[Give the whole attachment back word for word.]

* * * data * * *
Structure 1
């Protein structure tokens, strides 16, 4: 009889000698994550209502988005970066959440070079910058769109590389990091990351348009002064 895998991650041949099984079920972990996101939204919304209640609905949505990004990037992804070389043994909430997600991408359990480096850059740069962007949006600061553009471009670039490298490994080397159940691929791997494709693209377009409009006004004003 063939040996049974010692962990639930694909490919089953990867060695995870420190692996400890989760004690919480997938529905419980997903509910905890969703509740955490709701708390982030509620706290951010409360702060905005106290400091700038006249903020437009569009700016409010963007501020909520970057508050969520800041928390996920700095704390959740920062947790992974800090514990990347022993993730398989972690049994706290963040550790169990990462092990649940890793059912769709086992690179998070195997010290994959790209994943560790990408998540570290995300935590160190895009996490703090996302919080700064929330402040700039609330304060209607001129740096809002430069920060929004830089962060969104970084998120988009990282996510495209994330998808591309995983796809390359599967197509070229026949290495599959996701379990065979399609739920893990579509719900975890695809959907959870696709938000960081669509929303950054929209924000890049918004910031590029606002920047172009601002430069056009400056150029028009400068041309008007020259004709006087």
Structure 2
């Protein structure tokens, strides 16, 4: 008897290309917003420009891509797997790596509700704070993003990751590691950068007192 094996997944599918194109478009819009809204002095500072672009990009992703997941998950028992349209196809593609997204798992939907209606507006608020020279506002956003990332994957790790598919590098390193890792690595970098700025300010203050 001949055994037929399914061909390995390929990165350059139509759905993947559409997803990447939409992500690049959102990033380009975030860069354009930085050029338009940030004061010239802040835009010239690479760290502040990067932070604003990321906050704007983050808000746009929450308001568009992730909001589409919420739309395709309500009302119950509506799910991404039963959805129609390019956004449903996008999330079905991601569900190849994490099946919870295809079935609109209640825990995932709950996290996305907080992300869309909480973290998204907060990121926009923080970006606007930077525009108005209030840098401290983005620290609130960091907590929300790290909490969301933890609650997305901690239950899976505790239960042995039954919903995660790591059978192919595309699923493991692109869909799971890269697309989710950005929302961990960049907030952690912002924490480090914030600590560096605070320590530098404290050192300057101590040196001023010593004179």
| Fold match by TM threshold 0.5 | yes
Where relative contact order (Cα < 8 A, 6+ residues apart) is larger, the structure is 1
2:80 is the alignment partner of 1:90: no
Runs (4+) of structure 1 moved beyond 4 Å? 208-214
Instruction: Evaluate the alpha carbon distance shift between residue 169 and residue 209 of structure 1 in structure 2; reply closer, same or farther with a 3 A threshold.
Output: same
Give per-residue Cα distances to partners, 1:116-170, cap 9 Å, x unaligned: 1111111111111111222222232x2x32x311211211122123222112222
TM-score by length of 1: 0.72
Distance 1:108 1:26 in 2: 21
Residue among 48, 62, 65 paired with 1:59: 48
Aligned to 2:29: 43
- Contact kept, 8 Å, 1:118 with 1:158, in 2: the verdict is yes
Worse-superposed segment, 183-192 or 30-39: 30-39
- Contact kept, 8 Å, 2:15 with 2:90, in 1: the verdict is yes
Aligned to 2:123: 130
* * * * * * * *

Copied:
Structure 1
């Protein structure tokens, strides 16, 4: 009889000698994550209502988005970066959440070079910058769109590389990091990351348009002064 895998991650041949099984079920972990996101939204919304209640609905949505990004990037992804070389043994909430997600991408359990480096850059740069962007949006600061553009471009670039490298490994080397159940691929791997494709693209377009409009006004004003 063939040996049974010692962990639930694909490919089953990867060695995870420190692996400890989760004690919480997938529905419980997903509910905890969703509740955490709701708390982030509620706290951010409360702060905005106290400091700038006249903020437009569009700016409010963007501020909520970057508050969520800041928390996920700095704390959740920062947790992974800090514990990347022993993730398989972690049994706290963040550790169990990462092990649940890793059912769709086992690179998070195997010290994959790209994943560790990408998540570290995300935590160190895009996490703090996302919080700064929330402040700039609330304060209607001129740096809002430069920060929004830089962060969104970084998120988009990282996510495209994330998808591309995983796809390359599967197509070229026949290495599959996701379990065979399609739920893990579509719900975890695809959907959870696709938000960081669509929303950054929209924000890049918004910031590029606002920047172009601002430069056009400056150029028009400068041309008007020259004709006087």
Structure 2
């Protein structure tokens, strides 16, 4: 008897290309917003420009891509797997790596509700704070993003990751590691950068007192 094996997944599918194109478009819009809204002095500072672009990009992703997941998950028992349209196809593609997204798992939907209606507006608020020279506002956003990332994957790790598919590098390193890792690595970098700025300010203050 001949055994037929399914061909390995390929990165350059139509759905993947559409997803990447939409992500690049959102990033380009975030860069354009930085050029338009940030004061010239802040835009010239690479760290502040990067932070604003990321906050704007983050808000746009929450308001568009992730909001589409919420739309395709309500009302119950509506799910991404039963959805129609390019956004449903996008999330079905991601569900190849994490099946919870295809079935609109209640825990995932709950996290996305907080992300869309909480973290998204907060990121926009923080970006606007930077525009108005209030840098401290983005620290609130960091907590929300790290909490969301933890609650997305901690239950899976505790239960042995039954919903995660790591059978192919595309699923493991692109869909799971890269697309989710950005929302961990960049907030952690912002924490480090914030600590560096605070320590530098404290050192300057101590040196001023010593004179």
| Fold match by TM threshold 0.5 | yes
Where relative contact order (Cα < 8 A, 6+ residues apart) is larger, the structure is 1
2:80 is the alignment partner of 1:90: no
Runs (4+) of structure 1 moved beyond 4 Å? 208-214
Instruction: Evaluate the alpha carbon distance shift between residue 169 and residue 209 of structure 1 in structure 2; reply closer, same or farther with a 3 A threshold.
Output: same
Give per-residue Cα distances to partners, 1:116-170, cap 9 Å, x unaligned: 1111111111111111222222232x2x32x311211211122123222112222
TM-score by length of 1: 0.72
Distance 1:108 1:26 in 2: 21
Residue among 48, 62, 65 paired with 1:59: 48
Aligned to 2:29: 43
- Contact kept, 8 Å, 1:118 with 1:158, in 2: the verdict is yes
Worse-superposed segment, 183-192 or 30-39: 30-39
- Contact kept, 8 Å, 2:15 with 2:90, in 1: the verdict is yes
Aligned to 2:123: 130